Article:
Jim Thorpe venue Penn’s Peak gets jammy with Chicago band Umphrey’s McGee and New York-based TAUK
JIM THORPE — Umphrey’s McGee isn’t just playing Feb. 11 at Penn’s Peak; they’re providing the full UM experience. The band’s $40 Headphones & Snowcones service offers an alternative listening experience for concertgoers by giving them a direct wireless feed from the soundboard through a rented pair of Audio-Technica headphones. Fans who opt in will receive a free download of the night’s performance from UMLive, a service that has more than 1,100 of the band’s sets cataloged for download or on-demand viewing.
Technological advancements in the way entertainment is consumed have given UM a platform upon which to innovate, but each aspect of the band’s experience centers around its music. Different aspects of 37-year-old percussionist Andy Farag’s experiences have centered around music; his father is a concert promoter whose focus on doo-wop heavily influenced his musical interests until he met original UM drummer, Mike Miro, in high school. Teenage jam sessions led to the pair playing together in an improvisational group that gave its members room to play off their similarities and differences.
“A lot of us are all influenced by the same groups; The Beatles, Led Zeppelin and those kinds of people, but we all listen to all kinds of music,” Farag said. Jake Cinninger, guitar, “used to be in a country band when he was a teenager. He was also in a metal band too. Kris (Meyers, drummer) was in a ska band when he was in high school. There’s a lot of different influences and I think that helps us when we’re improvising on stage.”
The musical journey of Alric “A.C.” Carter, keyboardist for the New York-based band TAUK, hits a lot of the same notes as Farag’s. Carter said the improvisational instrumental band will bring a variety of influences on stage when they play Penn’s Peak with UM. Like Farag, Carter’s musical interests originate with a parent; in this case, his mother.
“I didn’t really have a choice,” Carter said. “My mom was a piano teacher and she went to music school in New York City back when she was a little younger so it has always been in my family. I did classical music; recitals. As far as I could remember I was playing.”
Carter began exploring the music world in junior high after a change in schools put him in contact with Matt Jalbert (guitar) and Charlie Dolan (bass). They formed a bond over a shared appreciation for jam bands like Phish and The Grateful Dead, and with the addition of Isaac Teel (drums), that bond evolved into a band. Carter said that TAUK tries to create compositions that give listeners something to take away with them, and they’re carrying that sentiment into the studio as they put the finishing touches on their upcoming release.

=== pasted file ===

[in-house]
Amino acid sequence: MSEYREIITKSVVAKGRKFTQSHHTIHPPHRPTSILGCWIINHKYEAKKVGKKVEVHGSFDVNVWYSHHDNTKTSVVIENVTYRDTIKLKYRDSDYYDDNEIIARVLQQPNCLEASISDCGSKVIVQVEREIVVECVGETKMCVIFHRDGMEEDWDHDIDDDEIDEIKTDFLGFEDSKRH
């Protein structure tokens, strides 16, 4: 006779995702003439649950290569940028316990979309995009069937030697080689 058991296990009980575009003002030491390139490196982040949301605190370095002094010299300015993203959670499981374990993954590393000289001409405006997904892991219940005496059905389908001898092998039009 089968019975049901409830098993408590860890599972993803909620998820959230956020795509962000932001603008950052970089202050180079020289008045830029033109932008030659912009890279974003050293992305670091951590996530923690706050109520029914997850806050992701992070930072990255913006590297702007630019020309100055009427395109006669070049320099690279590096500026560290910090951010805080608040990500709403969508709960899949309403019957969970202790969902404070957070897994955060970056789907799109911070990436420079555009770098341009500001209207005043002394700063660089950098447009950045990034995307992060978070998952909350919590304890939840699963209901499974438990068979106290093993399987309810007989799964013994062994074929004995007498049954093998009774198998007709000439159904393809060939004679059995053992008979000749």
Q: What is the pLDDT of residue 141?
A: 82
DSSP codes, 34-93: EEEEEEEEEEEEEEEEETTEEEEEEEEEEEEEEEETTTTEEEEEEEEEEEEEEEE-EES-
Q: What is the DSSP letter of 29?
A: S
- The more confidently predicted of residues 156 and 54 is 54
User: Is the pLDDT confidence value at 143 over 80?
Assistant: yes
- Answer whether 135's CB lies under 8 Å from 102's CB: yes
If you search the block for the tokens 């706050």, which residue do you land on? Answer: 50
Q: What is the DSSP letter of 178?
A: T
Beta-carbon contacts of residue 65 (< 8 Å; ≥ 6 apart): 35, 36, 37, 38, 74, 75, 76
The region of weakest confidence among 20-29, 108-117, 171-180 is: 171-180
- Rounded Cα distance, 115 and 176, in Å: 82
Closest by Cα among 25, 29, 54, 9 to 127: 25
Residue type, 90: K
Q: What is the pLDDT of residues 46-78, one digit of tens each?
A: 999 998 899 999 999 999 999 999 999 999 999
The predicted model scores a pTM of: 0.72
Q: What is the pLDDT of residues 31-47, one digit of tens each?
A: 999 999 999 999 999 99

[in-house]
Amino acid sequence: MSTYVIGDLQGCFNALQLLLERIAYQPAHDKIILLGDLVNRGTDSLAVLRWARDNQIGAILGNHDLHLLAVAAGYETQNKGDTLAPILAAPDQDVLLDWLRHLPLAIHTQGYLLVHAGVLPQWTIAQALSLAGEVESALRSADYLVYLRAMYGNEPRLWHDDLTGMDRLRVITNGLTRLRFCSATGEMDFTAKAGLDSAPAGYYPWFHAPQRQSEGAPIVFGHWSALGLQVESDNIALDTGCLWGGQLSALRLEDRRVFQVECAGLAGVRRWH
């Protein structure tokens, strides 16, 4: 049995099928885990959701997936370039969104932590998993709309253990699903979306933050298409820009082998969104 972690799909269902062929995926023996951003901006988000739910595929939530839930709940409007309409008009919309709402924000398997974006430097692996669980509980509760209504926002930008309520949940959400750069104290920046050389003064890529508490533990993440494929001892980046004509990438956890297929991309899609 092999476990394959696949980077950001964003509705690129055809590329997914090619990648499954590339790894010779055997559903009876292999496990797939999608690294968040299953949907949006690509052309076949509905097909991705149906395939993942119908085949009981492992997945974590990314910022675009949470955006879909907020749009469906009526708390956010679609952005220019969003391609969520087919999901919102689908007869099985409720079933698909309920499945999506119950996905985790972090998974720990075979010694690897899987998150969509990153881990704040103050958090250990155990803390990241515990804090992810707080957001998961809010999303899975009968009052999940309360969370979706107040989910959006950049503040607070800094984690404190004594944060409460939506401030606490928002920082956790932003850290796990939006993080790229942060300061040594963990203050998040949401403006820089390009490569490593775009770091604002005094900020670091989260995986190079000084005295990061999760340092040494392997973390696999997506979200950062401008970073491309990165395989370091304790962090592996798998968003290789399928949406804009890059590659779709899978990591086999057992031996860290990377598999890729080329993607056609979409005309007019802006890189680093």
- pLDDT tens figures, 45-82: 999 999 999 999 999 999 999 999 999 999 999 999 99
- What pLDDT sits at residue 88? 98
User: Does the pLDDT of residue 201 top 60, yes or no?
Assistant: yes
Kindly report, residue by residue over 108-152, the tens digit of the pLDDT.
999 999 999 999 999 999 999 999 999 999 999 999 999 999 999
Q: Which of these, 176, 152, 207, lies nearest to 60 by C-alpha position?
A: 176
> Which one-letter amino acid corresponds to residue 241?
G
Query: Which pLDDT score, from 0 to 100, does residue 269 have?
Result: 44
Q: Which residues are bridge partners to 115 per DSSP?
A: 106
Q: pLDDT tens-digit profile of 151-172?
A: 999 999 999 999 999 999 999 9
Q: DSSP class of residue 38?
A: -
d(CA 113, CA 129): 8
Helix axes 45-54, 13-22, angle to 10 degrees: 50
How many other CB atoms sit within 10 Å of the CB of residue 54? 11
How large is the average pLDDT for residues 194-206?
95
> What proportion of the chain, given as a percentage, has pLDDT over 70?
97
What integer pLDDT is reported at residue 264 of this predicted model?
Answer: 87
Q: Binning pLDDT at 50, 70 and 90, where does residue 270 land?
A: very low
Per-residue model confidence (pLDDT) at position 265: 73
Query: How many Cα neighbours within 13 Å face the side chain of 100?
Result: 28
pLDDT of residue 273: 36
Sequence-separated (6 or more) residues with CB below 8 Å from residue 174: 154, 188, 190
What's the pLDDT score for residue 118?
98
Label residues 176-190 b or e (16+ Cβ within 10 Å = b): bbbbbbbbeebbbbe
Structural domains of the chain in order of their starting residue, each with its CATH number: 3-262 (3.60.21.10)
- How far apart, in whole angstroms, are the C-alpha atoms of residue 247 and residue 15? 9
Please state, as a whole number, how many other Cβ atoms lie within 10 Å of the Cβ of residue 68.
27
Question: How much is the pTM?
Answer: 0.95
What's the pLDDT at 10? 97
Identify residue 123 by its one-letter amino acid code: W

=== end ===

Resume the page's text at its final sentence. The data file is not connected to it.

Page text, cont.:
“We have a lot of material to work with and right now this album is shaping up to be very strong,” Carter said. “It’s hard to decide which songs are going to be on the album, but that problem is a good problem when you’re recording. “It’s a slightly new direction for us but nothing too crazy different; we’re just excited.”
Farag said Umphrey’s McGee is also getting into the studio this year, but until then “The London Sessions” stands as the band’s last studio effort. Recorded April 7, 2015, during one 12-hour session at Abbey Road’s Studio 2, “The London Sessions” consists of new UM material, retooled versions of setlist regulars and the first cover the band has released on an album in The Beatles’ “I Want You (She’s So Heavy).” Recording a full-length studio album in 12 hours is an unconventional experience as it is, but to do it at Abbey Road was something Farag said was “surreal.”
“They still have all the old recording equipment in the hallway,” Farag said. “It was just a really special place. We got in there and get everything set up and we made a big list of songs that we thought we might want to do. We were going to try and record an EP, just maybe 3, 4 songs … we ended up getting 10 or 12 songs and it was a great feeling knowing we got so much done in that short amount of time.”
“The London Sessions” may mark the first time UM has put a cover on one of their studio albums, but the band plans to play one or two covers a night during what Farag referred to as the beginning of their busiest time of year. According to the percussionist, UM loves playing Penn’s Peak, and with self-described “live band” TAUK on the bill, Jim Thorpe is about to get jammy.
Reach Gene Axton at 570-991-6121 or on Twitter @TLArts
IF YOU GO
Who: Chicago’s Umphrey’s McGee and New York’s TAUK
Where: Penn’s Peak, 325 Maury Road, Jim Thorpe
When: 7:30 p.m. Thursday, Feb. 11. Doors open at 7 p.m.
How Much: $25 in advance, $30 day of show